Most states have very comprehensive real estate licensing laws. I’ve written about them in several books, as well as taught them for years in pre-license and continuing education courses. The problem has been with the lack of enforcement due greatly to the human resources and expense required for disciplinary administrative hearings.
California has just introduced a “cite and fine” program for real estate — it is not unlike the issuance of traffic citations. According to the California Bureau of Real Estate, “a citation or other formal action will be considered when a violation is found after an investigation, audit, or examination of a licensee’s records by CalBRE in response to a complaint, through random selection of a licensee for an office visit, or from completion of a routine audit. Depending upon the nature (such as the level of seriousness and potential for harm) and type of the violation, the appropriate action will be determined.”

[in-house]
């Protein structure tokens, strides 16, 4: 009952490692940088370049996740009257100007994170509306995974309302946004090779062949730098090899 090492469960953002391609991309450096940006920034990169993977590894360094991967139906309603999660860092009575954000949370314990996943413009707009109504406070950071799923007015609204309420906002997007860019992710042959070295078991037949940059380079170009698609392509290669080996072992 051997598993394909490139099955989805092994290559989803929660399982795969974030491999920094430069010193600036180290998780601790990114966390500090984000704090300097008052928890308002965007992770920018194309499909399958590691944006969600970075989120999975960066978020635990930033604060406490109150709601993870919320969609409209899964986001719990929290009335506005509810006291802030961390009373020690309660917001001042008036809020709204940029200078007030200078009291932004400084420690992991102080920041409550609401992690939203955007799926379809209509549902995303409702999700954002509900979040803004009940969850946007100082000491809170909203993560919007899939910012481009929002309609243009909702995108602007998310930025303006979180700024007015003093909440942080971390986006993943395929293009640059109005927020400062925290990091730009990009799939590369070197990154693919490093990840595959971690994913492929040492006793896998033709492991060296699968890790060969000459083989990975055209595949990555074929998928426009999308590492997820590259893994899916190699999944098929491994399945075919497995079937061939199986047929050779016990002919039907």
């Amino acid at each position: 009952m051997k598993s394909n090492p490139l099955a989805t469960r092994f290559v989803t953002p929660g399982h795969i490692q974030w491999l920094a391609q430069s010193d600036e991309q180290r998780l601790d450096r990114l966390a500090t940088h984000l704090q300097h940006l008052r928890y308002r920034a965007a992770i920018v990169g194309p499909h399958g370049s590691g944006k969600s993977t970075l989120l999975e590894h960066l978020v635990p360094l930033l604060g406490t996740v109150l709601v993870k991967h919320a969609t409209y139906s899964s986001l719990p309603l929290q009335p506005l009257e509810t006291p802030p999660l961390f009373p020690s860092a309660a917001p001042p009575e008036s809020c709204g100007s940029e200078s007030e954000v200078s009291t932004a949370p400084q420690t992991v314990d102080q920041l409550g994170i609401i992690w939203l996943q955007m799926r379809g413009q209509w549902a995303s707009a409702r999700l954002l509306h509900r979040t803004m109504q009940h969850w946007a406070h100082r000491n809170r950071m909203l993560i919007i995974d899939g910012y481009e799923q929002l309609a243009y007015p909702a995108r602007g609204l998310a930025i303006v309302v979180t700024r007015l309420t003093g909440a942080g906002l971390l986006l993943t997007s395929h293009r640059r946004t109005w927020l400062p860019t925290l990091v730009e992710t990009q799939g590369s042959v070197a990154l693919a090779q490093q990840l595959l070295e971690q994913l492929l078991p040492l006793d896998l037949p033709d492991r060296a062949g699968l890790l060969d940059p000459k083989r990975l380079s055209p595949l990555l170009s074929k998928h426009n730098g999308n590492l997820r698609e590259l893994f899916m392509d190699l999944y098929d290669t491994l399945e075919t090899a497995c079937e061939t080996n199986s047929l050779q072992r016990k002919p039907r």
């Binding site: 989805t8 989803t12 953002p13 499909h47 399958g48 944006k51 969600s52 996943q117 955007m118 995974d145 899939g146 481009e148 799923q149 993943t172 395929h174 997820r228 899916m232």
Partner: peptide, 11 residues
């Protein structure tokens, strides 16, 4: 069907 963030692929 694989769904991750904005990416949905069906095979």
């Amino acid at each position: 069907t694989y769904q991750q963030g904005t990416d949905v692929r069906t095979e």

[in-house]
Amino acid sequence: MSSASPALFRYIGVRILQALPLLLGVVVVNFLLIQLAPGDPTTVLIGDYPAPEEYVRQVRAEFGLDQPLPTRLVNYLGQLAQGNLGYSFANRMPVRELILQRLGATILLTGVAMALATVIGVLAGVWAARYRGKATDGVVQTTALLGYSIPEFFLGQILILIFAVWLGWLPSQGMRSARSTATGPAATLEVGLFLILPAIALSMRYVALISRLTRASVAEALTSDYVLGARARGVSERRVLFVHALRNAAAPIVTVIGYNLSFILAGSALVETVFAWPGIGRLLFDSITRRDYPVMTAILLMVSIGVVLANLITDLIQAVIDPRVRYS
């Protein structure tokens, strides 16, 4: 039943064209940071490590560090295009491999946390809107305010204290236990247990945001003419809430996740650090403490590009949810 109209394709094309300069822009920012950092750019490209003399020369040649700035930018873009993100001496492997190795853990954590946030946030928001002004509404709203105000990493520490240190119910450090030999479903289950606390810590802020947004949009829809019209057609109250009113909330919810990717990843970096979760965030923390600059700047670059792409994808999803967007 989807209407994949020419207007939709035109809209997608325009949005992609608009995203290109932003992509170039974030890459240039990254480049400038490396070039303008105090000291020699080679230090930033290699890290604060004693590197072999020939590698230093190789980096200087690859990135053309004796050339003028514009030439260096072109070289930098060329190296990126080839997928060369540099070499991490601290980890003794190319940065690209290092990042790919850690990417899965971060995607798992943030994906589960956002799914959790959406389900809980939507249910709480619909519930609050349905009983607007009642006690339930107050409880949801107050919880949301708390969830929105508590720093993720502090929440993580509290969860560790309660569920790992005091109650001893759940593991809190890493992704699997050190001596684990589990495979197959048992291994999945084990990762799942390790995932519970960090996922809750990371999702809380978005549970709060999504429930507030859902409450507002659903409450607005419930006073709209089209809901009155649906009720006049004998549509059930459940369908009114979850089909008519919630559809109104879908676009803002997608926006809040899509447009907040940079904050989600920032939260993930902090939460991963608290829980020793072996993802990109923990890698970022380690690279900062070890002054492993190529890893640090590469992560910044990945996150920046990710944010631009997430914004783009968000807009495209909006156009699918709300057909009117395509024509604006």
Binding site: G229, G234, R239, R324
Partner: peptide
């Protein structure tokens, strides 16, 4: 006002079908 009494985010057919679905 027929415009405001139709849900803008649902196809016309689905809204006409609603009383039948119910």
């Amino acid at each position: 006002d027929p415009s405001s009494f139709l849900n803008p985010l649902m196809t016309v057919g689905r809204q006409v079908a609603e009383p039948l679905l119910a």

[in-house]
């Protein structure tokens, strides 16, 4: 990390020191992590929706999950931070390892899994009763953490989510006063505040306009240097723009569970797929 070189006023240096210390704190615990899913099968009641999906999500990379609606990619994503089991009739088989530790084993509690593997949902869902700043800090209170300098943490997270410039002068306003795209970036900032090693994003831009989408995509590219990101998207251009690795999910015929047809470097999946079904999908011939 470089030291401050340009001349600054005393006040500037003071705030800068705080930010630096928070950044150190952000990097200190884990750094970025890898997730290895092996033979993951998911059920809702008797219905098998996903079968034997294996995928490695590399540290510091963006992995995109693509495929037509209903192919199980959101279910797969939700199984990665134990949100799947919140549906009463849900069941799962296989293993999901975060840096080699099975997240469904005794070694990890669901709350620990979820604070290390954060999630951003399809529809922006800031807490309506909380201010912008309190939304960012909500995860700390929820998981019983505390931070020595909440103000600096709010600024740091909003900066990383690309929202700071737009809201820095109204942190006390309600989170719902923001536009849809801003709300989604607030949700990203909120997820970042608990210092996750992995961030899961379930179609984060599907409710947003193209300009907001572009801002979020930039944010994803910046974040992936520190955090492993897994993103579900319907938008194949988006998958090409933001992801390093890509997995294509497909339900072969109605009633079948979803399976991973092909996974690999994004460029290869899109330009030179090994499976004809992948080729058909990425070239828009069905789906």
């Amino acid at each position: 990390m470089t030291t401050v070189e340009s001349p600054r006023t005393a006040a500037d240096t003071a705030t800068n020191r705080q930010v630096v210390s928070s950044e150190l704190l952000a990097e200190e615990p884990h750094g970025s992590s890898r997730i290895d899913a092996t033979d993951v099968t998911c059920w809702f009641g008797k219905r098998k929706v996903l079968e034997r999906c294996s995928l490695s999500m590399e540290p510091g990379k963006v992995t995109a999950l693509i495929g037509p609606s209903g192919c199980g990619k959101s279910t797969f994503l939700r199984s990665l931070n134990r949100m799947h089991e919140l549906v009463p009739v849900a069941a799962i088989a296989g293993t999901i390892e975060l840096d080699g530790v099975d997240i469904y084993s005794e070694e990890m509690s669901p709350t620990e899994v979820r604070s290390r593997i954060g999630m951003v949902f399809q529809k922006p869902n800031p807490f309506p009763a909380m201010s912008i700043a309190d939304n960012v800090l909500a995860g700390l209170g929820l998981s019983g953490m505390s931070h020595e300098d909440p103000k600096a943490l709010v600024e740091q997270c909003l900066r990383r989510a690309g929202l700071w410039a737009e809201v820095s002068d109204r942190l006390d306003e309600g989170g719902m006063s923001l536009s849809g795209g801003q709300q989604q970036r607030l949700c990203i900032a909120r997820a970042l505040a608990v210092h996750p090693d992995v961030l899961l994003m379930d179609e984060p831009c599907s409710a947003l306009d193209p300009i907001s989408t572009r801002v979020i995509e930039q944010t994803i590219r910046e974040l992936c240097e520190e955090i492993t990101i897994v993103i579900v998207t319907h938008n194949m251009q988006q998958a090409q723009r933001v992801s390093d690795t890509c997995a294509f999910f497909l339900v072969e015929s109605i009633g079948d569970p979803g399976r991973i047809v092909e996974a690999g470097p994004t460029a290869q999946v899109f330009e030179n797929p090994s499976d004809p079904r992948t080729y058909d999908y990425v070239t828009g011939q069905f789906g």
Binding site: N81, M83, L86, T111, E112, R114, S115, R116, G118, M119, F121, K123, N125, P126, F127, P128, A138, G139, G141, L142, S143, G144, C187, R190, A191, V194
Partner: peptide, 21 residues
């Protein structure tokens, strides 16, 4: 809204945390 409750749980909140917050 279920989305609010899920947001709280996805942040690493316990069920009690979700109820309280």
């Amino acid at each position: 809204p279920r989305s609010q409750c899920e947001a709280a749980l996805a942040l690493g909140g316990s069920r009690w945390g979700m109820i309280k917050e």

The Bureau says that “a citation is likely the appropriate action” in cases of “relatively minor and technical violations, especially in those instances where there has been no injury or loss to a consumer…The citation will identify the violation(s) you committed, provide information on how to pay the fine, describe any corrective action needed (if necessary), and explain the process for contesting the citation, if you choose to.”
The new law is found in Business and Professions Code 10080.9 and Commissioner’s Regulations 2907 (effective July 1, 2014). It applies to licensees as well as to unlicensed persons who are doing things that require licensure. The Bureau “considers the issuance of citations an opportunity to help educate both licensees and nonlicensees alike and to encourage and reinforce compliance with Real Estate Law.”
Last week I happened to drive by a neighborhood in which I counted 12 Open House signs by one broker within 100 yards of the subject property. In addition to confiscating the signs, I wonder if the government’s issuance of a fine would help persuade the broker to take a more common sense approach to promoting the open house.
Source: Bob Hunt, Realty Times